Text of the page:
The Future of Information and Communication Conference takes places next week; a virtual event for researchers from both academia and industry to share their latest research contributions and exchange knowledge with the common goal of shaping the future of Information and Communication.
One of the speakers at this event is our own Yuri Bobbert, CISO and professor at Antwerp Management School. He’ll be presenting his paper ‘On the Design and Engineering of a Zero Trust Security Artefact’, which discusses ON2IT’s Zero Trust Framework and the ongoing validation of this approach. Based on the policy and principles of the organization, the Zero Trust Security Framework investigates weaknesses and possible risks in the existing IT security to better protect the network and data.
However, after over fifteen years of implementing Zero Trust with many clients, one of the most important lessons we’ve learned is that you’re never done renewing yourself and your approach.
We asked Yuri Bobbert to briefly explain what the research paper is all about.
Yuri, can you briefly explain what the research paper is about?
“The research paper focuses on our CISO sessions and the results that came from them,” says Yuri. These CISO sessions, also known as validation sessions, took place over the course of the past year. During these CISO sessions, experiences are shared, common bottlenecks discussed and the existing Zero Trust framework is validated.
“In short, we wanted to test our framework against three important questions: is it understandable, is it complete, and can you do something with it?”
“Our goal was to give the framework more shape, to name and investigate specific elements, and then test them against people in the field over the course of at least a year.” All this in a structured way, so that the end result is well documented, and conclusions can be drawn from it. “In short, we wanted to test our framework against three important questions: is it understandable, is it complete, and can you do something with it?”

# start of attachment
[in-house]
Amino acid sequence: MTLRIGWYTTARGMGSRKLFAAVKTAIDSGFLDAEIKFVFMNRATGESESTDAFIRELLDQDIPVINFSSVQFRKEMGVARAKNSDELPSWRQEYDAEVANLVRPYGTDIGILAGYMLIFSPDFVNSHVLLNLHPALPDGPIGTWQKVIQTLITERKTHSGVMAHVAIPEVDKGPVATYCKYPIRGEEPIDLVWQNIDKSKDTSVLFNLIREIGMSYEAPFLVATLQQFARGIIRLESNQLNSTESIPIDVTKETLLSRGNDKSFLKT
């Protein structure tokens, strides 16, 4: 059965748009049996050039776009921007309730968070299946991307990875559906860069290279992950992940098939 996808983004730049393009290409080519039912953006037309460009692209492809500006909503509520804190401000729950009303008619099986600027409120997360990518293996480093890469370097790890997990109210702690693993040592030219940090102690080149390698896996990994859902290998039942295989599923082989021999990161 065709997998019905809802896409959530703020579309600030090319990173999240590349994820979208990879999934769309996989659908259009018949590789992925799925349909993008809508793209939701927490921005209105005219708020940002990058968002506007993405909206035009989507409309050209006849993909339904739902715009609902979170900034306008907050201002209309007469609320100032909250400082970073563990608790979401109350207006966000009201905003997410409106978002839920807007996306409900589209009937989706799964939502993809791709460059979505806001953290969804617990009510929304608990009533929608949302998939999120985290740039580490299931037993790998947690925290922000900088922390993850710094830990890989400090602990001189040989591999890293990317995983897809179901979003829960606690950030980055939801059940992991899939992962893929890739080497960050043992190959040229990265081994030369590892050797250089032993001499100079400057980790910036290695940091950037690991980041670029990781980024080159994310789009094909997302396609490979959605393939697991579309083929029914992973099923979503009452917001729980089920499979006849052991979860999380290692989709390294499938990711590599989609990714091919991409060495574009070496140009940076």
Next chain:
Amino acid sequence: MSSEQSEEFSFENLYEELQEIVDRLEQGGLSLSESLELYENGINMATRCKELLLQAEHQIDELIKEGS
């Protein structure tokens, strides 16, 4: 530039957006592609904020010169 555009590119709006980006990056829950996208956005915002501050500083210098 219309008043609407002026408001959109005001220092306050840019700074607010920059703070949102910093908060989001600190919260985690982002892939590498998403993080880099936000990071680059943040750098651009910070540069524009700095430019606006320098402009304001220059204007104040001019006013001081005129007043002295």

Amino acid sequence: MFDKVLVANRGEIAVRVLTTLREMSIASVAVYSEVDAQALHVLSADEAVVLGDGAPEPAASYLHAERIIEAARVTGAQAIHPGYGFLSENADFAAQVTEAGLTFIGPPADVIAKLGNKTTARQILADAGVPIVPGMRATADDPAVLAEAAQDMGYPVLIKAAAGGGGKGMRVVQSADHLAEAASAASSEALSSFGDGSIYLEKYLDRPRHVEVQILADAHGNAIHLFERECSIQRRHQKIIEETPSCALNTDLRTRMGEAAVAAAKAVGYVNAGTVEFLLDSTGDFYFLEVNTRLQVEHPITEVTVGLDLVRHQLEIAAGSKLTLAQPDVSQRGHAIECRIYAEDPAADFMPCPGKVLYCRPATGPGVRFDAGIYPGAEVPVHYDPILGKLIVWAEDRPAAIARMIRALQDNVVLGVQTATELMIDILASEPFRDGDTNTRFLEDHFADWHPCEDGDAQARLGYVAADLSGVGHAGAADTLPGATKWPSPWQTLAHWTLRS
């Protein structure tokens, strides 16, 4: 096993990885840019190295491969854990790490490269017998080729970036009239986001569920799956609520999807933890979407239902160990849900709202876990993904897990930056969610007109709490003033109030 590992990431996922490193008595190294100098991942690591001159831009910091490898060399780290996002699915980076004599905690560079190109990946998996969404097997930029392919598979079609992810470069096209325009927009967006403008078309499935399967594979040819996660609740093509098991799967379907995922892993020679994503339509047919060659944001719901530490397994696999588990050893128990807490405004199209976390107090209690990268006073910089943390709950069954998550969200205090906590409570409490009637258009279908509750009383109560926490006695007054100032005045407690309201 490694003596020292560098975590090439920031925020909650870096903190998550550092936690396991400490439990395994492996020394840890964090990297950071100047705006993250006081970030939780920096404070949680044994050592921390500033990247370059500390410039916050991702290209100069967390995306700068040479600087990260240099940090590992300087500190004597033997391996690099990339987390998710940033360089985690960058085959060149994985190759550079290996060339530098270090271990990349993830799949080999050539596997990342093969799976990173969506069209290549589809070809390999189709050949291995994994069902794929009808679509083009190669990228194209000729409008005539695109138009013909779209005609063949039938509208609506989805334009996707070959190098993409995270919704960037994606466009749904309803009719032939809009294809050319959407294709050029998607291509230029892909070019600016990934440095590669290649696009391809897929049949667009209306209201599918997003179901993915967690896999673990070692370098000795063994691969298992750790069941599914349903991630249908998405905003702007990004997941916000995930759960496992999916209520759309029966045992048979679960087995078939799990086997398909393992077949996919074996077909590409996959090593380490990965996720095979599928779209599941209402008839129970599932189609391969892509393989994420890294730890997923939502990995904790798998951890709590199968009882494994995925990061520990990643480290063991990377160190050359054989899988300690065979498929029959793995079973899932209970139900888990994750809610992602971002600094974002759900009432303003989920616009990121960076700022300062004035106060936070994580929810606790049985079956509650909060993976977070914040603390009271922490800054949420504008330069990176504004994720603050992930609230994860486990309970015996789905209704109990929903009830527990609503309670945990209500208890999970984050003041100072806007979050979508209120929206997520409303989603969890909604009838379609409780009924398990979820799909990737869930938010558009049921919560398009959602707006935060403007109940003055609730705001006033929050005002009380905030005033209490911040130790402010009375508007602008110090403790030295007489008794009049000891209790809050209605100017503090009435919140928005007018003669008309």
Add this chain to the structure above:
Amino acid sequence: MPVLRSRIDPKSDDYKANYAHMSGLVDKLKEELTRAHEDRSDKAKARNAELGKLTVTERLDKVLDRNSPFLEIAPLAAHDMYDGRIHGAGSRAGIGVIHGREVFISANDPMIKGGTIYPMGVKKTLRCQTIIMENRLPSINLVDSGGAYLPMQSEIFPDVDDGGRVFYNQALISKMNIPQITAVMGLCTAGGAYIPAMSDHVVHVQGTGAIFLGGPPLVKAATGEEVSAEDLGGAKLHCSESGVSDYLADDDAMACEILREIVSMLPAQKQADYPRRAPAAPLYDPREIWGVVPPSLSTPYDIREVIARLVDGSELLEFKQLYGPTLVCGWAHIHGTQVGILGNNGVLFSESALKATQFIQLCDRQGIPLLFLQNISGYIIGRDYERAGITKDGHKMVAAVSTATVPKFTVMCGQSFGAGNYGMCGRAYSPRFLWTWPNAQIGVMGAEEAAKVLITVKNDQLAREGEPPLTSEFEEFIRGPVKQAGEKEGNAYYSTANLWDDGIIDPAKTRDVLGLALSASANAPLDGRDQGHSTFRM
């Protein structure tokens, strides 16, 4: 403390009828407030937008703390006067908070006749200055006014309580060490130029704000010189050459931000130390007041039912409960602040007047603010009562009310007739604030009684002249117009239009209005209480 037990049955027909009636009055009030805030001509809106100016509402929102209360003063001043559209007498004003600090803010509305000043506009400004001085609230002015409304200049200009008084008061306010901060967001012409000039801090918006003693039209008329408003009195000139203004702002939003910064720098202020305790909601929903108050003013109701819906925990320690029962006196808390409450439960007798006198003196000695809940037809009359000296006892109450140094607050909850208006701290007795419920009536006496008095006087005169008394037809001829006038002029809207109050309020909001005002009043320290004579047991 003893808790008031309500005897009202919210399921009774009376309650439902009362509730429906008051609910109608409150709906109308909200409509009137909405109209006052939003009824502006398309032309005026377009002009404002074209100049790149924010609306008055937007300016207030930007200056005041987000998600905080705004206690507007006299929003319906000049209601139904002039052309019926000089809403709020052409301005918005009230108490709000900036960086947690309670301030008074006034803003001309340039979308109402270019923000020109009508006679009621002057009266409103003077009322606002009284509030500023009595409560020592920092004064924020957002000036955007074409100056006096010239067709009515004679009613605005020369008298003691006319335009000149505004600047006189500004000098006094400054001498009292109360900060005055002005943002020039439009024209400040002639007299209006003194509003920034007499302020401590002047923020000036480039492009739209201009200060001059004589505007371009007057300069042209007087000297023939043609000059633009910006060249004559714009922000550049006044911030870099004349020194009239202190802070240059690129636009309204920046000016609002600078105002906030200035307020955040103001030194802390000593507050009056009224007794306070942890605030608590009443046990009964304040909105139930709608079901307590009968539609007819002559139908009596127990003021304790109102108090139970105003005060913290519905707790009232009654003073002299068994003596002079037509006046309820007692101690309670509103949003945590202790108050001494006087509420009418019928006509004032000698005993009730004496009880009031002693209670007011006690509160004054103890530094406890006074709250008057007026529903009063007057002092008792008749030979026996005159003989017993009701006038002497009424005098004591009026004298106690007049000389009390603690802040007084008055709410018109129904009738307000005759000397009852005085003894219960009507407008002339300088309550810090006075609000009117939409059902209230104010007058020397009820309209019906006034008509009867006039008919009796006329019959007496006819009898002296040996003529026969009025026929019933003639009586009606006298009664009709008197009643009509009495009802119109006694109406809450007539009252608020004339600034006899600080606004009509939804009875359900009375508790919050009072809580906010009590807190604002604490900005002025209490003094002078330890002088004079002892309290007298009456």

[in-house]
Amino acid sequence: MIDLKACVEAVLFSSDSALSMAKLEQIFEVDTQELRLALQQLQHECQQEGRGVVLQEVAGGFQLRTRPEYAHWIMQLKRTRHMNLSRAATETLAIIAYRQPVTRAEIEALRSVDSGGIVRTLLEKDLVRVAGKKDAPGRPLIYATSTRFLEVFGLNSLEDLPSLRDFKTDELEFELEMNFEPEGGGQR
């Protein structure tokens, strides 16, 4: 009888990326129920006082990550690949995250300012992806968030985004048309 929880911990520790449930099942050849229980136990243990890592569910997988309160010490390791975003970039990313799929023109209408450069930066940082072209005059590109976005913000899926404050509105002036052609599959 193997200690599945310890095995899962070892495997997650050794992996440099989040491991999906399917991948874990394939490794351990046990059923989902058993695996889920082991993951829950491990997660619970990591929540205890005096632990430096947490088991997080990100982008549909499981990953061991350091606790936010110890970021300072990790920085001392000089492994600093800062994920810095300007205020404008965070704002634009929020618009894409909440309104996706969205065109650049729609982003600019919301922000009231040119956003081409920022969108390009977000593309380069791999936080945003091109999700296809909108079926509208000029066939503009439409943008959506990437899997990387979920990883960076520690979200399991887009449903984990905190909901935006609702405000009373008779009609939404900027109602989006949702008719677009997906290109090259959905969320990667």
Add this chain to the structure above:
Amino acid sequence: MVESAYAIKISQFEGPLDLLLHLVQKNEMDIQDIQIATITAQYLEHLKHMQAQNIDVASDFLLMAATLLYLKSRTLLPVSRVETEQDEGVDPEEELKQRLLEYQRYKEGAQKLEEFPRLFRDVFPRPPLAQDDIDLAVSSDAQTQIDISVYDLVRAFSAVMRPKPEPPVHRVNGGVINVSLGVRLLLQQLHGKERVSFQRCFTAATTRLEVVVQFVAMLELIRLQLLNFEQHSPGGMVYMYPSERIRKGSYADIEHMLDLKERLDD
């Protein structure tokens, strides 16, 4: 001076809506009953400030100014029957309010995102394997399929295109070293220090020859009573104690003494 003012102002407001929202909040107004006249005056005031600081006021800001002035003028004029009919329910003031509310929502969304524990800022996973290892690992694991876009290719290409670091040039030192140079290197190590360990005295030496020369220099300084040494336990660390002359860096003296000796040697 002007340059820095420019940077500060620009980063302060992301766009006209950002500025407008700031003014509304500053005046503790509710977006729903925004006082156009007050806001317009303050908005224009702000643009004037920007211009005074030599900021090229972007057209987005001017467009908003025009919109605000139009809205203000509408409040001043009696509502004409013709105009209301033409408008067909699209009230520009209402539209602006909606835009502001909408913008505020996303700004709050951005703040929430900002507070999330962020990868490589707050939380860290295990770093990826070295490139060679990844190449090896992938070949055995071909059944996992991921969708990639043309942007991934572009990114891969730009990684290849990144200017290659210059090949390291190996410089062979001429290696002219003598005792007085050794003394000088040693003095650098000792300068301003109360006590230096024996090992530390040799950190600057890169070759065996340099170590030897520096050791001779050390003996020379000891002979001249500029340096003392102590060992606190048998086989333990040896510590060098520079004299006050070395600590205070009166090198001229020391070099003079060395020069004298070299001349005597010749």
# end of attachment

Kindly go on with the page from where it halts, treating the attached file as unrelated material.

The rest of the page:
Yuri explains that the research helped identify four areas of improvement in the current approach, which we can now address based on, amongst other things, the feedback from the CISOs who participated in these sessions.
What will ON2IT customers notice of this research?
“The customers that attended the sessions indicate that the whole idea of Zero Trust has become much clearer to them. The sessions provide you with a clear roadmap, with practical steps on how to better implement Zero Trust,” Yuri explains.
“Most striking to me was the fact that many people do not fully understand the term ‘Zero Trust’ and, ironically, do not fully trust the term either.
But customers that did not participate in the sessions also benefit from this. “By testing our framework against experts in the field, we get a lot of valuable feedback, which we naturally use to improve our framework. Using this feedback, we made changes to our portal and started hosting webinars that delve deeper into topics that we got a lot of questions about.”
What were the most surprising things that emerged from the CISO sessions?
“Most striking to me was the fact that many people do not fully understand the term ‘Zero Trust’ and, ironically, do not fully trust the term either. They also indicate that it all sounds and feels very ‘big’, and that they don’t really know where to start,” says Yuri. “After the CISO sessions, we got told that a lot of it is now more tangible, because among other things we were able to visually display how the Zero Trust Readiness score works in our mSOC portal.”
“It sounds a bit grand to say that friendships were developed, but you do facilitate introductions between people, who even after the CISO sessions continue to stay in touch.”
A second, not necessarily surprising, but always nice side effect, was that many of the CISOs and other industry professionals indicated that they enjoyed getting together and working together with others from the field, without it being some sort of sales meeting. “It sounds a bit grand to say that friendships were developed, but you do facilitate introductions between people, who even after the CISO sessions continue to stay in touch.”
Find out more?
A teaser of the paper has been made available online:
Yuri will be presenting his findings and his research paper during FICC 2021, on April 29 and 10. You can also sign up for our next CISO session.
During our cybersecurity webinars, we also delve deeper into some of the topics highlighted in the research paper. You can find upcoming webinars on the webinar overview page.